by William M. Reilly
UNITED NATIONS, Sept. 25 (Xinhua) -- Most speakers at the 68th UN General Assembly's annual General Debate on Wednesday referenced its theme featuring "The Post-2015 Development Agenda: Setting the Stage."
At the debate's opening Tuesday, General Assembly (GA) President John Ashe said the new framework, designed to follow the 2015 deadline of the Millennium Development Goals (MDGs), targeted poverty eradication, economic growth, equity, social inclusion and environmental sustainability.
"Adoption of the MDGs has represented a major shift in the ability of the United Nations to mobilize the global will to eradicate poverty and achieve sustainable development, thus clearly expressing the scope of success of the will of the international community and the feasibility of the global partnership," said Prime Minister Sheikh Jaber Al Mubarak Al Hamad Al Sabah of Kuwait, said. "However, the emergence of new major challenges are related either to security disruptions .. or to challenges related to steady environmental deterioration that threatens our world."
President Ricardo Martinelli Berrocal of Panama endorsed the theme when he said: "Nations have learned a lot about development. We have realized that development that is not sustainable is simply not development."
"For the first time in history, humanity possesses the technological, economic and socio-political structures to forever eradicate extreme poverty," he said.
President Ollanta Humala of Peru said: "The world changes, rearranges its agenda, actors emerge, and new scenarios appear in which the destiny of mankind is played out. Countries, peoples, we all have been affected by this rapid transformation. However, we note with concern that some substantial aspects have not changed."
"The Timorese people now hold, in their own hands, the full responsibility for the construction of their future," said Timor- Leste President Raur Matan Ruak, of his young island-nation's development outlook. "The country faces the challenges with high hopes and optimism."
"Africa is no longer a zone of turmoil and humanitarian emergencies. It has rather become an emerging pole of opportunities and investments for innovative and mutually beneficial partnerships," said another optimistic leader on development, President Macky Sall of Senegal.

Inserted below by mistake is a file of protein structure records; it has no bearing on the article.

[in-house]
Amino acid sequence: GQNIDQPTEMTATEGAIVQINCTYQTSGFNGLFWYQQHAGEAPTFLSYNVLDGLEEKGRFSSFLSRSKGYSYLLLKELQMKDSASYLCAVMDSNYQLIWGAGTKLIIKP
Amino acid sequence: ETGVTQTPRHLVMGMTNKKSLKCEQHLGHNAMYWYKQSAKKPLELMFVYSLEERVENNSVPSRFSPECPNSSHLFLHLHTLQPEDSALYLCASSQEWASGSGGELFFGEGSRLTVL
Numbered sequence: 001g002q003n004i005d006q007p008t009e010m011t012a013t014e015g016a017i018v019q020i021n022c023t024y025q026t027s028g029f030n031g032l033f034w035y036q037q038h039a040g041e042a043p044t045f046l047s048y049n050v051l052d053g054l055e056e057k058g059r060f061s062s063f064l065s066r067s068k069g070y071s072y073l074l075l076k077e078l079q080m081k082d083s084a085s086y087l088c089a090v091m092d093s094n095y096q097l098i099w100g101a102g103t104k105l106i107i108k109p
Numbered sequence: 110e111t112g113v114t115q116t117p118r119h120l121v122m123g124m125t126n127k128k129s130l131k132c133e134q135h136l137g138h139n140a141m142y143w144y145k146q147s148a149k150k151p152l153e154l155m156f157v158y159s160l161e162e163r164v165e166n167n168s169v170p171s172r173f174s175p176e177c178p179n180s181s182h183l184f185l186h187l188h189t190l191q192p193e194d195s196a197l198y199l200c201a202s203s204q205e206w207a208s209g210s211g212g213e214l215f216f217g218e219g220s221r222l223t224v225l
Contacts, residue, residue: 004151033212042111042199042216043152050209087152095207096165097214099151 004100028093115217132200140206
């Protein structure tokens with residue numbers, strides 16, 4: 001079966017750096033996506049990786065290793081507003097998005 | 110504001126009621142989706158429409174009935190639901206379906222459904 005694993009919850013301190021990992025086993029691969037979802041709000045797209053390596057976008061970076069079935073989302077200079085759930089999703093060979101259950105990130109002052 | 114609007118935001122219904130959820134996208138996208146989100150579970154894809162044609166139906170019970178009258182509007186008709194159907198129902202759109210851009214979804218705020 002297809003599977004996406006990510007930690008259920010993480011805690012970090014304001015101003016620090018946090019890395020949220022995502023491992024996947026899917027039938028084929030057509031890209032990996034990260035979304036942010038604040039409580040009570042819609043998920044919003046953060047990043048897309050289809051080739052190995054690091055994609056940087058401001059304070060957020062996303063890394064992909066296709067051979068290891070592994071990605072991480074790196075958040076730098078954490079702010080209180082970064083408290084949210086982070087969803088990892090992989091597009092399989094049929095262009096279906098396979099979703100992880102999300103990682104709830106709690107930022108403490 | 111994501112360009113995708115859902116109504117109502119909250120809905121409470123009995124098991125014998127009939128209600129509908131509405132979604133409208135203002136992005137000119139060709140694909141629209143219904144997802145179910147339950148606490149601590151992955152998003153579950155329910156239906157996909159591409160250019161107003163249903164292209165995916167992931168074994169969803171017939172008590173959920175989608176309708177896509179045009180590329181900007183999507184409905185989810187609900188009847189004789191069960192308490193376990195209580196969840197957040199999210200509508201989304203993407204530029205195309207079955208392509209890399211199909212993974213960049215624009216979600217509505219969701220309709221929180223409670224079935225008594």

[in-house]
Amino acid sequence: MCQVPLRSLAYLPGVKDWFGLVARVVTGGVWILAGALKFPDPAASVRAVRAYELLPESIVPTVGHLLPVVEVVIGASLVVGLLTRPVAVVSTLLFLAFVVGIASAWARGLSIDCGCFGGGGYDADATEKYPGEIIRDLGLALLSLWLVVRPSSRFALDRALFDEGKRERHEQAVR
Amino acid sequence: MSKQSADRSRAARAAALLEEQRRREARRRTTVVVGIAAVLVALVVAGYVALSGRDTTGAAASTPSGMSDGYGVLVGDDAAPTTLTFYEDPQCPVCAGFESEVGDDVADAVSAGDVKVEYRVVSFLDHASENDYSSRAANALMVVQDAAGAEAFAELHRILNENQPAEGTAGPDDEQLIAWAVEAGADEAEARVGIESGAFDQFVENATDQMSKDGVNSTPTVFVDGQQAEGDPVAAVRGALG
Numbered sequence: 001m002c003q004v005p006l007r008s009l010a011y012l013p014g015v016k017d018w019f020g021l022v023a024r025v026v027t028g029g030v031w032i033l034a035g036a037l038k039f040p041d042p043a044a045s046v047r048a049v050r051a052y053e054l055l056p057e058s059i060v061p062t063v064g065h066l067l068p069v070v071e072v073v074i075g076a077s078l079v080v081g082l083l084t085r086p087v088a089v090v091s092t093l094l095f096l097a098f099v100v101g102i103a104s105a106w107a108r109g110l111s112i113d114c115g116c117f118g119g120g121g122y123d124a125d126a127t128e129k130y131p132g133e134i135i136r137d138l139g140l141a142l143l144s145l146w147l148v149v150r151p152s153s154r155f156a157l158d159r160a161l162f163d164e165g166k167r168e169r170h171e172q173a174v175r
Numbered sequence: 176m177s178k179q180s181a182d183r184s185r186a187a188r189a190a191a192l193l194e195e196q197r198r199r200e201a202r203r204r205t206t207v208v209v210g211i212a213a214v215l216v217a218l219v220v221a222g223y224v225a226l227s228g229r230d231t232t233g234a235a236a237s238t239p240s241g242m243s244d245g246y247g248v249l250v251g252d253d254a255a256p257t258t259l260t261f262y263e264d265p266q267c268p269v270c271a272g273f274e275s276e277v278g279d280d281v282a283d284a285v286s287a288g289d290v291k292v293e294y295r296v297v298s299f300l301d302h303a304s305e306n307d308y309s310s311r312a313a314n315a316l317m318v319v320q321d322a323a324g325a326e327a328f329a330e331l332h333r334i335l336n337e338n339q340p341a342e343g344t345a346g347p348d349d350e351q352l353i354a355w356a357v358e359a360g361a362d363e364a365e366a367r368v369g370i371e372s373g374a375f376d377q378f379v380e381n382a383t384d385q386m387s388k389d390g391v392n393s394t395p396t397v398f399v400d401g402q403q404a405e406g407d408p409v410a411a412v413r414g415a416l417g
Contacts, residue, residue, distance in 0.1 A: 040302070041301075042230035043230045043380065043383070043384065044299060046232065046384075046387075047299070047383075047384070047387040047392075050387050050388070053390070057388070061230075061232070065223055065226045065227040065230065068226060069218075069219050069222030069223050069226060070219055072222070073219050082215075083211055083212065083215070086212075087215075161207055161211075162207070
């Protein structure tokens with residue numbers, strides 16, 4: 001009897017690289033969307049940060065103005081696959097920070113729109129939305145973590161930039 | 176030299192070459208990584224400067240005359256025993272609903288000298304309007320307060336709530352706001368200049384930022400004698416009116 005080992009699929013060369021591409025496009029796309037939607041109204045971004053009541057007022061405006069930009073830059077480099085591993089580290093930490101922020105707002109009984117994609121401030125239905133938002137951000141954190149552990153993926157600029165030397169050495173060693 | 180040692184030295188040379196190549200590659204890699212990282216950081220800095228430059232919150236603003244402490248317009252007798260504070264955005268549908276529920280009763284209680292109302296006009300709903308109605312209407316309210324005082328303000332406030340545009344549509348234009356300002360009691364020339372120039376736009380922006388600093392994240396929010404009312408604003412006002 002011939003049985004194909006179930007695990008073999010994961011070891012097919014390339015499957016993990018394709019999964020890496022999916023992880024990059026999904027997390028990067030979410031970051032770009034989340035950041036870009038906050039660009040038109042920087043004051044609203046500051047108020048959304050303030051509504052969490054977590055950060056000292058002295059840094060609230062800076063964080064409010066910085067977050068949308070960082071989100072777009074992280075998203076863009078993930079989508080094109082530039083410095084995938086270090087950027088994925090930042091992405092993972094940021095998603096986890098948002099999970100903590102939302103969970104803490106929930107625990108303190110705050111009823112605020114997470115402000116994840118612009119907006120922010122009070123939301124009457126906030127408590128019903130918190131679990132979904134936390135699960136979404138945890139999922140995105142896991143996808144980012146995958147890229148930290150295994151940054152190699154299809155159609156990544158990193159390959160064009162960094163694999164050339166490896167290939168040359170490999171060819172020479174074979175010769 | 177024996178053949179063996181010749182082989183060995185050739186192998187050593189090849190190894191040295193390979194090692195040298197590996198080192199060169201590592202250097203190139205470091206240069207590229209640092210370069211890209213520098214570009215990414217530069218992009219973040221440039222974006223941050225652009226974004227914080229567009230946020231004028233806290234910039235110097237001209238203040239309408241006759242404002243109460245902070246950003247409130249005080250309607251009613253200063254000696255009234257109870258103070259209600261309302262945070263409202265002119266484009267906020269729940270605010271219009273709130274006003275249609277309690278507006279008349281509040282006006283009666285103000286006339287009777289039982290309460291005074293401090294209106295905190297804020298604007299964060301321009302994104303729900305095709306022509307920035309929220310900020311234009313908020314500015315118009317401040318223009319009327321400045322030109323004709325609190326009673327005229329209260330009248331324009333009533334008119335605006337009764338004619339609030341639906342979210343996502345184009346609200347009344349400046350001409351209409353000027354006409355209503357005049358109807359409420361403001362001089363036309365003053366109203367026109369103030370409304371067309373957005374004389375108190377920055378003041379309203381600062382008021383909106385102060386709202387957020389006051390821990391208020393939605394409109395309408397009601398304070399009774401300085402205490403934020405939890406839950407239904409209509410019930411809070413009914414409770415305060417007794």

Yet another African leader, looking to the future, President Slassane Ouattara of Cote d'Ivoire said, "We must adopt a global approach which will allow our countries to build more equitable models for sustainable development which respect our specific needs."
"The African continent, which is behind schedule with regard to the 2015 (Mdg) deadline, can all the same count on its growing weight in the world economy," he said.
The president of the Democratic Republic of Congo (DRC), Joseph Kabila, gave critical consideration to the successes and setbacks of the MDGs, blaming the "persistent selfishness" of several states, as well as the up and downs of the global economy.
Negative effects of globalization contributed to the food crisis, famine and health problems as well as to the destruction of the environment, demonstrating the need for advancing the sustainable development agenda, he said.
The president said he is committed to managing the DRC's natural resources, despite fighting in the east of the nation over its vast mineral wealth. However, security remained the most important prerequisite for development because without it, development was hypothetical.
Madagascar President Andry Nirina Rajoelina also was blunt and refrained from painting a rosy picture. He regretted that most people's picture of Africa was one of states mired in permanent violence, where democracy was in retreat, where there were greater divisions rather than consensus and where the natural environment was deteriorating.
Amid the generally unfavorable international economic climate, he said Madagascar has found it difficult to achieve the MDGs despite the best efforts of its leaders and people. But, he said, instead of losing hope, leaders of countries in a similar situation should concentrate more on what they could do better to help the collective international effort to improve the lives of the people.
However, Rajoelina said while he was looking forward to presidential elections next month for the start of a new phase in his country's history and grateful for international assistance, the president said he would not run.
President Blaise Compaore of Burkina Faso, also noted West Africa retained the stigma of multidimensional crises that had plagued the region for decades. But, he said, peace required development programs that provided real responses to the incertitude stemming from the poor economic situation.
Poor, landlocked, Burkina Faso seeks to boost growth for a better quality of life, he said. The GA Post-2015 theme raises the issue of the relationship between development, peace, and security and offers an opportunity to reflect on a new vision of global progress founded on strong international solidarity behind sustainable development.
President Tommy Esang Remengesau of the pacific island nation of Palau made a colorful link between climate change and sustainable development Wednesday evening when he told of leaving his backyard flooded by the ocean and typhoon after typhoon slamming Western Pacific regions.
"When I was a child my backyard did not flood and we did not have tropical storm after tropical storm pass through our Pacific Islands," he said. "The full moon and the ocean are no longer metaphors for balance and harmony."
"Today they represent imbalance from our past excesses and a lack of harmony due to our inability .. to create the world we want," Remengesau said. "The leaders and the peoples of the world certainly face many challenges moving forward to create the world we want and in developing a sustainable future."